Scottish singer Horse McDonald on 'poignant' first live show since lockdown began
Scottish singer Horse McDonald has spoken of her excitement of playing live again for the first time since the pandemic closed every venue and halted all tours.
She reunited with her band to record a special gig at Dunfermline’s Carnegie Hall this week.
The concert will be screened as part of a first ever Spring Festival curated by OnFife.
Hosted by comedian Craig Hill, it launches online on March 20 and 21 in a bid to usher in the new season, and banish the winter lockdown blues.
It was the first time Horse and her band had been together since late 2019.
The tour to celebrate the 30th anniversary of the release of her album, The Same Sky, was due to roll into 2020.
Lockdown pushed all gigs into 2021 and they have subsequently been moved again into next year.
A long hiatus without music - performing, rehearsing and recording - finally ended this week.
“It was so exciting to sing live again,” said Horse. “Music has been such a huge part of my life - it was so poignant to be able to do it again after such a long time.
“As a band we hadn’t seen each other for 16 months. We met in the car park and we couldn’t hug!
“We couldn’t rehearse as a group -we could do it in isolation online, but this gig was the very antidote of Zoom.”
The session was set up with strict protocols in place. The sound desk was outside the room, windows kept open, and masks worn before going for a live take.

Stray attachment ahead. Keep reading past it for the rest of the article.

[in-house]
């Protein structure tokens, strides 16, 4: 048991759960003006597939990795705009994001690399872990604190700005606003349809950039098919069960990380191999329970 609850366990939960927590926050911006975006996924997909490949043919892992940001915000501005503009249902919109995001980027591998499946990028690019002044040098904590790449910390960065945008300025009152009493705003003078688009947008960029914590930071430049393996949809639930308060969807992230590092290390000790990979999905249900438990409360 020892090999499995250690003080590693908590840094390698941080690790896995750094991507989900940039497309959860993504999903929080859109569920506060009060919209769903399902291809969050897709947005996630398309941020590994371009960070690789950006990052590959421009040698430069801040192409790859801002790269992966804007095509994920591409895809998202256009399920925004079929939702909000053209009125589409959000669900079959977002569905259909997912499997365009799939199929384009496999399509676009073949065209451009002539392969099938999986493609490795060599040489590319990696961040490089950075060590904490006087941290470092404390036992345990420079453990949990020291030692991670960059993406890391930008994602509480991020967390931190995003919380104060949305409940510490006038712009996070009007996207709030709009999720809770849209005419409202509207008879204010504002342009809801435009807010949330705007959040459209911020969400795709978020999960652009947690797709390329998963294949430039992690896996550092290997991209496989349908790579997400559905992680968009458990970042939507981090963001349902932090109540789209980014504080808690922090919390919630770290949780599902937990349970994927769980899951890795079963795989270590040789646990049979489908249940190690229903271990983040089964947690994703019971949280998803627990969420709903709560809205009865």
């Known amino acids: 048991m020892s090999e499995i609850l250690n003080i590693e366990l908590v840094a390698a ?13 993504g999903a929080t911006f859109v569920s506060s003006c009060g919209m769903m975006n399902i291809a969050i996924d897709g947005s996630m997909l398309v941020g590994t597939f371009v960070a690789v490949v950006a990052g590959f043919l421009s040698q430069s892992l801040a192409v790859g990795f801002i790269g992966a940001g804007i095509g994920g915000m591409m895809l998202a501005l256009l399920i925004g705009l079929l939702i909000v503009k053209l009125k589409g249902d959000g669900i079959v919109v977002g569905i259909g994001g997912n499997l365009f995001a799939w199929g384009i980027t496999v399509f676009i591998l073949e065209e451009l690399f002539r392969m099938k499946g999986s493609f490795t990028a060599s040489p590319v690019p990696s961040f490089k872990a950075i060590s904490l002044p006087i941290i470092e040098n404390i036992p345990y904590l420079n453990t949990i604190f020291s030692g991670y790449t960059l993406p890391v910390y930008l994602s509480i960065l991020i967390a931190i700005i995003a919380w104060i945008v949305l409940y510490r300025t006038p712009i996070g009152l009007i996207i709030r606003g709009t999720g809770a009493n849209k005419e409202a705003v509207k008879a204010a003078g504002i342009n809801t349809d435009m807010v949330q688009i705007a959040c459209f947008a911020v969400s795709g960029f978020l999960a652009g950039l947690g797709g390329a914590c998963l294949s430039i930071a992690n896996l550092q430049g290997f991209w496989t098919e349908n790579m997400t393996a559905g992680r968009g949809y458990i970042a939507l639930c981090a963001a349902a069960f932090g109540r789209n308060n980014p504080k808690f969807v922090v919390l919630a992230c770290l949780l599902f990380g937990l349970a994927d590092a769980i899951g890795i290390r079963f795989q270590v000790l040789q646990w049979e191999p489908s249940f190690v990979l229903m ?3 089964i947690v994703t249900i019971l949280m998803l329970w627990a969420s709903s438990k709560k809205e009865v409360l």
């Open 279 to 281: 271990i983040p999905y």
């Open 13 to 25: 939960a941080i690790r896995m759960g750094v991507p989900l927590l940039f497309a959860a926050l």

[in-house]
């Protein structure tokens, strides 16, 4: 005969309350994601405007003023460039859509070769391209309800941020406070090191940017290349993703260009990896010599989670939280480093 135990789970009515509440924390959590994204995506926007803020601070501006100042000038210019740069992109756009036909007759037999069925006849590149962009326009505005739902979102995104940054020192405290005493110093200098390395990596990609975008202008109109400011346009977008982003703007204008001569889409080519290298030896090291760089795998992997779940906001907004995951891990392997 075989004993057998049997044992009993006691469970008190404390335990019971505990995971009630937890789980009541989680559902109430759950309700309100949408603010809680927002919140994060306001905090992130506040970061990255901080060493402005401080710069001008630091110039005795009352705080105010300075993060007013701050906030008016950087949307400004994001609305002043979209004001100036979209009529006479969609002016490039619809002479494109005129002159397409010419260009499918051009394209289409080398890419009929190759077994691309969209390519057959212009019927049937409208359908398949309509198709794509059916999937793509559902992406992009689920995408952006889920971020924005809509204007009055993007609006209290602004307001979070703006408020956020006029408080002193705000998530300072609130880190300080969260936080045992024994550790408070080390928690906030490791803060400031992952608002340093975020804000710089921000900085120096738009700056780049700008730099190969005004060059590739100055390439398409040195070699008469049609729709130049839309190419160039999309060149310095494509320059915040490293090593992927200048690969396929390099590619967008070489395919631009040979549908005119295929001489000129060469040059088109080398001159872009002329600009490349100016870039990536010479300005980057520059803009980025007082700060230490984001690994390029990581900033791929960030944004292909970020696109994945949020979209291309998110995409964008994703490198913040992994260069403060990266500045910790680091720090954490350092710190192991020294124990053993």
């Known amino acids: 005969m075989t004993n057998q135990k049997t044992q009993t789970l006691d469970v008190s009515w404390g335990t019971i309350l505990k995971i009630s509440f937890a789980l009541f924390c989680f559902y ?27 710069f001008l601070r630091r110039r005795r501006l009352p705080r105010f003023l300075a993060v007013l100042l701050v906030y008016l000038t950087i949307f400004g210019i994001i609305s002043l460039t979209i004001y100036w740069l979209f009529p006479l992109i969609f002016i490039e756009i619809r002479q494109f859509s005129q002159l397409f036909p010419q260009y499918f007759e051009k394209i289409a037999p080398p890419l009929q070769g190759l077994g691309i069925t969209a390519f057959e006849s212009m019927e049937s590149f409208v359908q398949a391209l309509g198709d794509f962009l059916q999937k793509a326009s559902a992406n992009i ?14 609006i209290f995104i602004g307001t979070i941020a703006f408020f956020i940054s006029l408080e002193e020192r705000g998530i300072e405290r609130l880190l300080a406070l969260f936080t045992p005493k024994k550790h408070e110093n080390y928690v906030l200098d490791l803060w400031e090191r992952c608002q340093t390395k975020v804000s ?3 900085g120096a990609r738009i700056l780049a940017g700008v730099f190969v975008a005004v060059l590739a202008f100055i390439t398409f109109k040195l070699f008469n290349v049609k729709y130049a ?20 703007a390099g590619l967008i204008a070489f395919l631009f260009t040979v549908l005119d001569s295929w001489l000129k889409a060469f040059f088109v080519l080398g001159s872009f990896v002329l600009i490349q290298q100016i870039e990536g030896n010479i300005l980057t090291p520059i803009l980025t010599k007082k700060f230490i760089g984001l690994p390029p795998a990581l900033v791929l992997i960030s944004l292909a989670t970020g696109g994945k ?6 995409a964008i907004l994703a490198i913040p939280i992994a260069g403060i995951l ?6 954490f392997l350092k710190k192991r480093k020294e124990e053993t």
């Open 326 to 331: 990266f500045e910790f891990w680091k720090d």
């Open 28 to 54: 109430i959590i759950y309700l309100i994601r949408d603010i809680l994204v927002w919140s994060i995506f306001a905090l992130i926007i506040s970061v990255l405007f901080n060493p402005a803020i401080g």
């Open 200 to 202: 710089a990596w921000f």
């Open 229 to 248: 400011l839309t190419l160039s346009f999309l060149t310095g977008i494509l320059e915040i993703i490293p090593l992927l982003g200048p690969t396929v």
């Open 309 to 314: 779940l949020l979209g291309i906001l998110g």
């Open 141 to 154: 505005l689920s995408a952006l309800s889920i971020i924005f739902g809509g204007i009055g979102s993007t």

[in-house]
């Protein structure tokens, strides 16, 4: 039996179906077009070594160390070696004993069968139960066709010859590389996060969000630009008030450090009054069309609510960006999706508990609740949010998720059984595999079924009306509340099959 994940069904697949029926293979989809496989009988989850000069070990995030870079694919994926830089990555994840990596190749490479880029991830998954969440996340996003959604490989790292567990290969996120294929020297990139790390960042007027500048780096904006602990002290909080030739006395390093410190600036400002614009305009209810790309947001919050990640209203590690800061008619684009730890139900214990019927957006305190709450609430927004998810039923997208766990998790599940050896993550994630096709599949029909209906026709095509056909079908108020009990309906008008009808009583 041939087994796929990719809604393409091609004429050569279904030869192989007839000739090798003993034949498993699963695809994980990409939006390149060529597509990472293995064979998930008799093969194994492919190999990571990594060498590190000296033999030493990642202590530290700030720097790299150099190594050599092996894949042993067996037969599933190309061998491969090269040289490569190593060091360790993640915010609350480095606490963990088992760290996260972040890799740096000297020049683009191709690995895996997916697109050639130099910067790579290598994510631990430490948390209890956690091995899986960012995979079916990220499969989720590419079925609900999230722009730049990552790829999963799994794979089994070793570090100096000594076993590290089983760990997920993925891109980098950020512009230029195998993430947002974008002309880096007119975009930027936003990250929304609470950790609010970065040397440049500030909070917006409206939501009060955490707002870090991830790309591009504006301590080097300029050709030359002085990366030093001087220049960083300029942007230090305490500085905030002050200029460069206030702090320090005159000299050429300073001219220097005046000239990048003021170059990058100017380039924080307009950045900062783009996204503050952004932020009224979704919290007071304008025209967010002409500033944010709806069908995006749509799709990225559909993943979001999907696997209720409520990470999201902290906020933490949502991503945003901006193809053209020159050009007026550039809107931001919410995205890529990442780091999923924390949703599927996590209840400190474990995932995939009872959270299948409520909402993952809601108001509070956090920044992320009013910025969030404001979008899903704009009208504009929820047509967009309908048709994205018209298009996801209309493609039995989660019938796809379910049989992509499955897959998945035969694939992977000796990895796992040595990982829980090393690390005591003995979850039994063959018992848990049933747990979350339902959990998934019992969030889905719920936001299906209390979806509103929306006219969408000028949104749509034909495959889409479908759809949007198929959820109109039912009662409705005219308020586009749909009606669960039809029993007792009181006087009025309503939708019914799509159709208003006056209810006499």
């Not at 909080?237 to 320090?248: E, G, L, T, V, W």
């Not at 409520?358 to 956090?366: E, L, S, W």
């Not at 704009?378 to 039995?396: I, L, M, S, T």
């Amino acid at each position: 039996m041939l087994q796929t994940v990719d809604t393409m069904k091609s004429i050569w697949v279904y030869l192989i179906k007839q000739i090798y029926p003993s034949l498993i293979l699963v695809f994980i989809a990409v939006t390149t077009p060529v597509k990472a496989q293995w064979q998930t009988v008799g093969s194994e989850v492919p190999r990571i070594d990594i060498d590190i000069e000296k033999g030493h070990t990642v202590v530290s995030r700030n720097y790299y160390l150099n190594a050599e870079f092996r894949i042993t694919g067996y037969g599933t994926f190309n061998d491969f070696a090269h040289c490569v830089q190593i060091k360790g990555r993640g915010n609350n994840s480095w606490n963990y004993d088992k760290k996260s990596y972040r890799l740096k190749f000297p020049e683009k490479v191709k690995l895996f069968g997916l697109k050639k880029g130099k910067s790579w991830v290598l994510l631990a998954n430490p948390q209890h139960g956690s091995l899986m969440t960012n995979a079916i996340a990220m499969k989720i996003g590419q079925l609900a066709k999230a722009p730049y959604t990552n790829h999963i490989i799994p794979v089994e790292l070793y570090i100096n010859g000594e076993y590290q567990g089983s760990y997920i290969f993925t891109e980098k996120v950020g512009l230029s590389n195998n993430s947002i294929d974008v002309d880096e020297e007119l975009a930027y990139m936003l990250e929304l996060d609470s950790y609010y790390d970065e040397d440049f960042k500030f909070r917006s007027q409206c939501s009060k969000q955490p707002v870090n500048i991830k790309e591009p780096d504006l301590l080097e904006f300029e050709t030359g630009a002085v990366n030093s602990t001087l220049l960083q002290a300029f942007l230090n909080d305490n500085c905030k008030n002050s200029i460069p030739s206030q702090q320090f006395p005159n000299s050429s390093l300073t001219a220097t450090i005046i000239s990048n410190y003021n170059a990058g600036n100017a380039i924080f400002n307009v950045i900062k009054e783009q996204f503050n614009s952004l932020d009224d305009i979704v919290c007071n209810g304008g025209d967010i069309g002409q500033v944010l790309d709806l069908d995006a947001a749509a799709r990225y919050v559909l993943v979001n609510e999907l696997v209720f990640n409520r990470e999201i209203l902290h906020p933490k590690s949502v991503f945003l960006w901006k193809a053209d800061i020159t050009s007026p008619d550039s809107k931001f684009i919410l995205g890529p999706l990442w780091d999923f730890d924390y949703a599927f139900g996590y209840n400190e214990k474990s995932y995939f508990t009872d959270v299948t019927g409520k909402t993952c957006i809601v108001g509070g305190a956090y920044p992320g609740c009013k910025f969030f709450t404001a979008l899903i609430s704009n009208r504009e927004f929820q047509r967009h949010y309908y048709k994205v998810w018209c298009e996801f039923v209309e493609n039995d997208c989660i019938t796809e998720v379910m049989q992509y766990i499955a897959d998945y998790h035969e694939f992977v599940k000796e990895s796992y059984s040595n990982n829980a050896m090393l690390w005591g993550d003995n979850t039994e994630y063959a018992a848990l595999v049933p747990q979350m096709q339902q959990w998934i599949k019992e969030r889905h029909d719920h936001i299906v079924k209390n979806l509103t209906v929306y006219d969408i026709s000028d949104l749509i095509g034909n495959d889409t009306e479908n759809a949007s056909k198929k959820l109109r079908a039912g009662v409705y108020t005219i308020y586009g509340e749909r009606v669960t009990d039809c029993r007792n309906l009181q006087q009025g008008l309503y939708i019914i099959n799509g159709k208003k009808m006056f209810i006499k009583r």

But the venue also had some magic of its own.
“What was lovely about the Carnegie Hall was that it was a music institute, so it was just perfect.
“And the view from the window looked right across to the three bridges across the Forth. That was amazing, and the weather kept changing - we had lightning, sunshine, dark clouds, everything!
“Doing the songs from The Same Sky seemed so appropriate given the album’s anniversary. It made total sense, and I also wanted my audience to hear songs they haven’t heard in such a long, long time.”
Horse is in no doubt how important music is to people - and how much live gigs have been missed.
“It’s a healer and salver of people’s lives,” she said. “It’s incredible to think we last played together in November 2019.
“During lockdown I have done some live sessions online at home, but I’m much more cautious because I have neighbours - if I started belting out songs, all they would hear is me yelling, so I hold back.
“In the room with the band there were moments where I went off piste and ad libbed - and that’s a great sign I was just loving it!”
OnFife’s Spring Festival is on March 20 and 21.
It also features comedy masterclasses from Raymond Mearns and Jay Jay Lafferty, music from Horse and Dunfermline band, Dancing On Tables, plus a screening of From Scotland With Love.
Full details at www.onfife.com
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